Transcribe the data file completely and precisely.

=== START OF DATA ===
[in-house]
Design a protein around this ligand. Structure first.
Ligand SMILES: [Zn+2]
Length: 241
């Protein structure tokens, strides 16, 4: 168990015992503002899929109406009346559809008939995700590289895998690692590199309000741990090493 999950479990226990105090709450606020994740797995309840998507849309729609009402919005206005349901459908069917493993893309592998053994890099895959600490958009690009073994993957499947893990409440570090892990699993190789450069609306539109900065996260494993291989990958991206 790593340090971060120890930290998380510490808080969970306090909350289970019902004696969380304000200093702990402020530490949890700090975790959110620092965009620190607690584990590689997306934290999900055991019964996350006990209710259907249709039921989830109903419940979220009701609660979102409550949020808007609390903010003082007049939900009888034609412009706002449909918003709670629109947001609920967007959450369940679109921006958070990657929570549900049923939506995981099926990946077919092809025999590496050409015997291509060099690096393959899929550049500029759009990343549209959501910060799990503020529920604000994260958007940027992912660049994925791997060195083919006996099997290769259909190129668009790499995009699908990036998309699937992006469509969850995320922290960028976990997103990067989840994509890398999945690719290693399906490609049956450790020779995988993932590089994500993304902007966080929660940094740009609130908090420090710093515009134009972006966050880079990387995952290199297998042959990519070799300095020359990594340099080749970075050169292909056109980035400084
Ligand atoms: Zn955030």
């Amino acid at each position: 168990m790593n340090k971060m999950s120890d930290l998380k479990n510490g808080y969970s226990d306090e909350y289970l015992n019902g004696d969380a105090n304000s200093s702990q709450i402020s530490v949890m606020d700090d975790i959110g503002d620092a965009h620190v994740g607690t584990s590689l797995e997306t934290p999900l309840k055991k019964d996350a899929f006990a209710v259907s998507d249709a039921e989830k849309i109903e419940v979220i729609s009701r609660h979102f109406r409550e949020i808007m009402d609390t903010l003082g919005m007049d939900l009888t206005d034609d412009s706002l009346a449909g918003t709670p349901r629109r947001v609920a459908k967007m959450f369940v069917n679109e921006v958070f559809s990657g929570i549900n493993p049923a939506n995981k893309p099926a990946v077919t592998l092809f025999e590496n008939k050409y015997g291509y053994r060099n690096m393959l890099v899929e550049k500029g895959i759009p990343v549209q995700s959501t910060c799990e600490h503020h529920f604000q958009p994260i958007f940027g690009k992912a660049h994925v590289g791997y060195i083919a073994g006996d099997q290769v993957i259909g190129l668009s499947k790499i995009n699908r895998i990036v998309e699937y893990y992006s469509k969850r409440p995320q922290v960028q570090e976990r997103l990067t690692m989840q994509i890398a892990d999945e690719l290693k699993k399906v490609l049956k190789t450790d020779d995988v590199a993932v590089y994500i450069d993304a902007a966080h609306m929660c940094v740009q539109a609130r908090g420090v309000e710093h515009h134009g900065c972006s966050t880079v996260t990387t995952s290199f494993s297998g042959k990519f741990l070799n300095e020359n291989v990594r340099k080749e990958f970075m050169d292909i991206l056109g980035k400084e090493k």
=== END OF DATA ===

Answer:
[in-house]
Design a protein around this ligand. Structure first.
Ligand SMILES: [Zn+2]
Length: 241
């Protein structure tokens, strides 16, 4: 168990015992503002899929109406009346559809008939995700590289895998690692590199309000741990090493 999950479990226990105090709450606020994740797995309840998507849309729609009402919005206005349901459908069917493993893309592998053994890099895959600490958009690009073994993957499947893990409440570090892990699993190789450069609306539109900065996260494993291989990958991206 790593340090971060120890930290998380510490808080969970306090909350289970019902004696969380304000200093702990402020530490949890700090975790959110620092965009620190607690584990590689997306934290999900055991019964996350006990209710259907249709039921989830109903419940979220009701609660979102409550949020808007609390903010003082007049939900009888034609412009706002449909918003709670629109947001609920967007959450369940679109921006958070990657929570549900049923939506995981099926990946077919092809025999590496050409015997291509060099690096393959899929550049500029759009990343549209959501910060799990503020529920604000994260958007940027992912660049994925791997060195083919006996099997290769259909190129668009790499995009699908990036998309699937992006469509969850995320922290960028976990997103990067989840994509890398999945690719290693399906490609049956450790020779995988993932590089994500993304902007966080929660940094740009609130908090420090710093515009134009972006966050880079990387995952290199297998042959990519070799300095020359990594340099080749970075050169292909056109980035400084
Ligand atoms: Zn955030």
């Amino acid at each position: 168990m790593n340090k971060m999950s120890d930290l998380k479990n510490g808080y969970s226990d306090e909350y289970l015992n019902g004696d969380a105090n304000s200093s702990q709450i402020s530490v949890m606020d700090d975790i959110g503002d620092a965009h620190v994740g607690t584990s590689l797995e997306t934290p999900l309840k055991k019964d996350a899929f006990a209710v259907s998507d249709a039921e989830k849309i109903e419940v979220i729609s009701r609660h979102f109406r409550e949020i808007m009402d609390t903010l003082g919005m007049d939900l009888t206005d034609d412009s706002l009346a449909g918003t709670p349901r629109r947001v609920a459908k967007m959450f369940v069917n679109e921006v958070f559809s990657g929570i549900n493993p049923a939506n995981k893309p099926a990946v077919t592998l092809f025999e590496n008939k050409y015997g291509y053994r060099n690096m393959l890099v899929e550049k500029g895959i759009p990343v549209q995700s959501t910060c799990e600490h503020h529920f604000q958009p994260i958007f940027g690009k992912a660049h994925v590289g791997y060195i083919a073994g006996d099997q290769v993957i259909g190129l668009s499947k790499i995009n699908r895998i990036v998309e699937y893990y992006s469509k969850r409440p995320q922290v960028q570090e976990r997103l990067t690692m989840q994509i890398a892990d999945e690719l290693k699993k399906v490609l049956k190789t450790d020779d995988v590199a993932v590089y994500i450069d993304a902007a966080h609306m929660c940094v740009q539109a609130r908090g420090v309000e710093h515009h134009g900065c972006s966050t880079v996260t990387t995952s290199f494993s297998g042959k990519f741990l070799n300095e020359n291989v990594r340099k080749e990958f970075m050169d292909i991206l056109g980035k400084e090493k």